Tuesday, 26 March 2013
The Knock Out Rose has gained a lot of popularity over the last few years and for good reason! The shrub doesn’t require much care and still puts on one of the best shows in the landscape having a blooming cycle of every 5-6 weeks throughout the year to the first hard frost. This particular shrub can be left alone and expected to grow to about 3-4’ tall and 3-4’ wide. There are also a wide range of colors from the light pink color of The Blushing Knock Out Rose to the rich red of The Knock Out Rose and even the yellow Sunny Knock Out Rose.
With that being said, the Knock Out series of roses reaches their maximum performance with an early spring pruning to help promote new growth. Take the following steps to help you Knock Out reach its full potential:
• Prune in the spring: Always prune the Knock Out Rose in the spring just as you start to see new shoots growing from the cane.
• Have the right equipment: Knock Out Roses still have thorns so make sure you are wearing gloves and maybe even a long sleeve shirt. Also have a set of lopping shear for the larger canes and a set of hand shears for the smaller canes and the touch up work.
• Have a plan: The rule of thumb is that the shrub will almost triple its size once pruned back. So if you want a 3’ shrub prune it all the way back to 1’.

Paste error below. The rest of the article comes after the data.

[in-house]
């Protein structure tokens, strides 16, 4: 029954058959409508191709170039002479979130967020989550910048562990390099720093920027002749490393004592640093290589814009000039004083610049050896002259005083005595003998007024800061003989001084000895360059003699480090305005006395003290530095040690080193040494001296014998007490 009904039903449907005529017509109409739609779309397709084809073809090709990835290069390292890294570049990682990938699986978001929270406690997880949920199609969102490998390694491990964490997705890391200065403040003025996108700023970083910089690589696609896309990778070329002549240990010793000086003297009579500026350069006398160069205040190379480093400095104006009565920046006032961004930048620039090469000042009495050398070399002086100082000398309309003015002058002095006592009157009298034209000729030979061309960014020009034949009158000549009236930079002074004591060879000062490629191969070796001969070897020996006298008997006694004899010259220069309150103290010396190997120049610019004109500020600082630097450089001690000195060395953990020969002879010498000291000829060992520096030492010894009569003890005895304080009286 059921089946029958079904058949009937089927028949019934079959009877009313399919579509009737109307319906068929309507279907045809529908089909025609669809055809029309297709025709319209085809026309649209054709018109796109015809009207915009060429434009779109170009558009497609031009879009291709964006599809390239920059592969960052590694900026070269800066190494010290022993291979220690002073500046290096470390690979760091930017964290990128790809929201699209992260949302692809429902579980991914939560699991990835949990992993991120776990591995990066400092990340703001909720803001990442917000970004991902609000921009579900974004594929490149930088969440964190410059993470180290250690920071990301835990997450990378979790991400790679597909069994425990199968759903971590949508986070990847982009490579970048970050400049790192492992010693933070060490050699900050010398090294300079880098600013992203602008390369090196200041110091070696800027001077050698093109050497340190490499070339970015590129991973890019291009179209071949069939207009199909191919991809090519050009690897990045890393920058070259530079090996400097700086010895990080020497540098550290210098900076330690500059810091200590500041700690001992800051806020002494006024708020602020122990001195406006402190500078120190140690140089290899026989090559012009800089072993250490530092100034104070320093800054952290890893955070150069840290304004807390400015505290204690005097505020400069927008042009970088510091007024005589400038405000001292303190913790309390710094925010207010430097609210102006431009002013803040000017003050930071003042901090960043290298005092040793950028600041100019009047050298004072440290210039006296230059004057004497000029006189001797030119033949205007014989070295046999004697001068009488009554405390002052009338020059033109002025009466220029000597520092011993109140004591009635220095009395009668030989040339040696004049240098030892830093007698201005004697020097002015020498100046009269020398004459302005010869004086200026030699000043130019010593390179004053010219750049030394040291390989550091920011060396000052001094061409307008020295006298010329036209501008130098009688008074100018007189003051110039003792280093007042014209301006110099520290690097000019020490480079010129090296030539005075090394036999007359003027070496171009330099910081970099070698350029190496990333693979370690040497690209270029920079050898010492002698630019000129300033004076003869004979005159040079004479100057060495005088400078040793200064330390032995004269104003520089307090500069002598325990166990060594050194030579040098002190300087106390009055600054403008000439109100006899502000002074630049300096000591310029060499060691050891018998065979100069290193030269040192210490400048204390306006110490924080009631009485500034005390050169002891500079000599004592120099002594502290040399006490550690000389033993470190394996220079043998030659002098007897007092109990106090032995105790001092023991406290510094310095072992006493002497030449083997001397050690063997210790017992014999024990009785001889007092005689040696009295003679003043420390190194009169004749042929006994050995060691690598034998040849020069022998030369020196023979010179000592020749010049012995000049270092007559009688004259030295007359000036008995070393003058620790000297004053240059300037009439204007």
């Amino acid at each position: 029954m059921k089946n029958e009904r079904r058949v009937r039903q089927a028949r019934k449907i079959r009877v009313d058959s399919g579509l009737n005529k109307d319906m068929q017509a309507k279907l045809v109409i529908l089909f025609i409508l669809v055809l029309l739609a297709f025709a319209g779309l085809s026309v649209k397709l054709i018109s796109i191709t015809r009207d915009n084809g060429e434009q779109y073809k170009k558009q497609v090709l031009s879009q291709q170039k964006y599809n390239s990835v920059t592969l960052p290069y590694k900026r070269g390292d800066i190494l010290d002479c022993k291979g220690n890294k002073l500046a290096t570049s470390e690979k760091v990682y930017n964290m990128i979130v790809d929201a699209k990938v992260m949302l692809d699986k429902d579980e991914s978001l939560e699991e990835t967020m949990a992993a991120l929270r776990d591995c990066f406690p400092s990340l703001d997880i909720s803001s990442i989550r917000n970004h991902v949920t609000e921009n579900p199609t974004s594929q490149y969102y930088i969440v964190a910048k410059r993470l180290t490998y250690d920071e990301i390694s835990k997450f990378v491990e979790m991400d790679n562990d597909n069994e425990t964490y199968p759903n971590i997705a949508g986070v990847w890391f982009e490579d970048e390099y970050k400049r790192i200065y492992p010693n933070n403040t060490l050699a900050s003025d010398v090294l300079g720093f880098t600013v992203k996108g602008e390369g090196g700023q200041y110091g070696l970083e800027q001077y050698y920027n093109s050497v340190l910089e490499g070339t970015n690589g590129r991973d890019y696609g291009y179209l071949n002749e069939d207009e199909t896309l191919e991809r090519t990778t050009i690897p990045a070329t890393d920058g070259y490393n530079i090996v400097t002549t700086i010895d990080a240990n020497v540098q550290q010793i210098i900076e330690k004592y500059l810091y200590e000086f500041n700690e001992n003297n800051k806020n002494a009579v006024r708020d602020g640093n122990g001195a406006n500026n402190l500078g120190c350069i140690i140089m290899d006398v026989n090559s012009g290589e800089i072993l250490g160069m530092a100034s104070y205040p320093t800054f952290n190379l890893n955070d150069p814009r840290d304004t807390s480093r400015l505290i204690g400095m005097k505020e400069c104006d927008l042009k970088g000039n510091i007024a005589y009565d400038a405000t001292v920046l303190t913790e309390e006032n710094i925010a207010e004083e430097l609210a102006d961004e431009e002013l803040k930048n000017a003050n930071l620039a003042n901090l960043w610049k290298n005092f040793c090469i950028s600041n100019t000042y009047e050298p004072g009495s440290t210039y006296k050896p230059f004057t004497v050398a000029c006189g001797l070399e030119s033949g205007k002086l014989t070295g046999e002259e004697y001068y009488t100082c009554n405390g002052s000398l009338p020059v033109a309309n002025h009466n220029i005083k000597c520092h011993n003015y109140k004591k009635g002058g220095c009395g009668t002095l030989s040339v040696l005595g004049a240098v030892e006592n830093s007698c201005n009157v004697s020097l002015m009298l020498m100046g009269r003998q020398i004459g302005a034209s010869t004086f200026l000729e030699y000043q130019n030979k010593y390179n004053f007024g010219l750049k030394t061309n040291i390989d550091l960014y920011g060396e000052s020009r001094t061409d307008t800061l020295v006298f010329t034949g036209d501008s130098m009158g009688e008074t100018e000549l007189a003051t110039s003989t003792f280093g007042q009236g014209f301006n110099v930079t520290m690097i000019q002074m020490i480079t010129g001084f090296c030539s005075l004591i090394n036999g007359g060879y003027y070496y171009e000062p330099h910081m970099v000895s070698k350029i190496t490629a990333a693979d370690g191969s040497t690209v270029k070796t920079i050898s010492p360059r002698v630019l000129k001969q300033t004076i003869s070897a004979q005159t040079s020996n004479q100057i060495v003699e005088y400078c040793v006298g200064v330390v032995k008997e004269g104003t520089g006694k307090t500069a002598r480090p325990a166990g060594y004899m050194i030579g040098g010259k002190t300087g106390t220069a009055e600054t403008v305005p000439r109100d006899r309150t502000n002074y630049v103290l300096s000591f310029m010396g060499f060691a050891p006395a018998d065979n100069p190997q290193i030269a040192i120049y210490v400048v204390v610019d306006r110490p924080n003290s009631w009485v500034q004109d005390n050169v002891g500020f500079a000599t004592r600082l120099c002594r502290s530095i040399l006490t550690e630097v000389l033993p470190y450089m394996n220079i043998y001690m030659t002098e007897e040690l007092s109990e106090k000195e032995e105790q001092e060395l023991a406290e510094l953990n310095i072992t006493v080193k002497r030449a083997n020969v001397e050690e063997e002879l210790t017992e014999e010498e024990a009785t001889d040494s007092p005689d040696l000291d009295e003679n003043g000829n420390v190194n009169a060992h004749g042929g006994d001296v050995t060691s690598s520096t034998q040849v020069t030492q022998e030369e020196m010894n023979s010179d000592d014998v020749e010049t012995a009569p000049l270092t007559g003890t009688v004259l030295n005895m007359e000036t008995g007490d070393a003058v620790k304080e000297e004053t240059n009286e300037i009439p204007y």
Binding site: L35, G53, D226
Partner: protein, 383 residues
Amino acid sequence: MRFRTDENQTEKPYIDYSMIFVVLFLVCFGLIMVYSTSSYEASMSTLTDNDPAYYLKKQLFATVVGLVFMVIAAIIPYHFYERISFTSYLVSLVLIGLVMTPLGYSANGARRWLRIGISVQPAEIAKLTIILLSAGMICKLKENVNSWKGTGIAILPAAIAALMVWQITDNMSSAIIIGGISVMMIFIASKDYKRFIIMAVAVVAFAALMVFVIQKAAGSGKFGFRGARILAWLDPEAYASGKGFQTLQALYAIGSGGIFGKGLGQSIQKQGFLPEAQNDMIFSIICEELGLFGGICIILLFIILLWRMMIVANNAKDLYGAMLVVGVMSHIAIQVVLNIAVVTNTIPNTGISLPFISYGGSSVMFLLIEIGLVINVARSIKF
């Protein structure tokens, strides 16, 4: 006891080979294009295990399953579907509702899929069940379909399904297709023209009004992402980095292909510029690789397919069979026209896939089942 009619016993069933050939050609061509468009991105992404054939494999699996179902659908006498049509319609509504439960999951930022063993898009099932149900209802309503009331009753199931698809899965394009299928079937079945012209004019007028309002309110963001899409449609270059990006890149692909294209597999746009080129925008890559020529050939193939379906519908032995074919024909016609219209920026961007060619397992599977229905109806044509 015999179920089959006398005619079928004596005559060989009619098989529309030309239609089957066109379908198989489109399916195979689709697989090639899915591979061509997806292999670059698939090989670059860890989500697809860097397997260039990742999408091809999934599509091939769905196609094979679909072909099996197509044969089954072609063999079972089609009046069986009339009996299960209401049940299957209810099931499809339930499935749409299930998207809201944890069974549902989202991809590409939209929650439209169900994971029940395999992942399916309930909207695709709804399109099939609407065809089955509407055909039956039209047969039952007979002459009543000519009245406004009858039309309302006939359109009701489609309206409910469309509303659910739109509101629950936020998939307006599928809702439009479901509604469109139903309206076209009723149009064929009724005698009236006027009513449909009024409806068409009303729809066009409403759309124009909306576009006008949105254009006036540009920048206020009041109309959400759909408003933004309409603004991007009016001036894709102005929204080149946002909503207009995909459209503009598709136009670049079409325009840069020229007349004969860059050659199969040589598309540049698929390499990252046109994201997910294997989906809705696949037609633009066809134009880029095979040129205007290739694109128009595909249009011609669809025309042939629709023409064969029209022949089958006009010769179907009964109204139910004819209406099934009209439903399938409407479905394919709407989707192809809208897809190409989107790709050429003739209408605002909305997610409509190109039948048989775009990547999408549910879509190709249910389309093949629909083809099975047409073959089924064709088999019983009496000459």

• Plan to leave 3-5 canes coming up from the base once you are done and select the greener canes which are the younger canes. Take out the older canes all the way to the base. Prune back the younger canes to desired height. Finally, prune off any extra branches off the selected canes.
When you are done you will have a pathetic looking shrub will 4-6 short sticks poking into the air but don’t worry. Once the shrub starts to really take off it will fill in and grow up to be a fantastic addition to you landscape and pay you back for all your hard work with lot of color!
Of course if the whole process seems a little daunting or you have more roses than you can shake a pair of loppers at give us a call and we can lend a hand.
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Posted on 03/26/2013 8:14 AM by Joe Lyon
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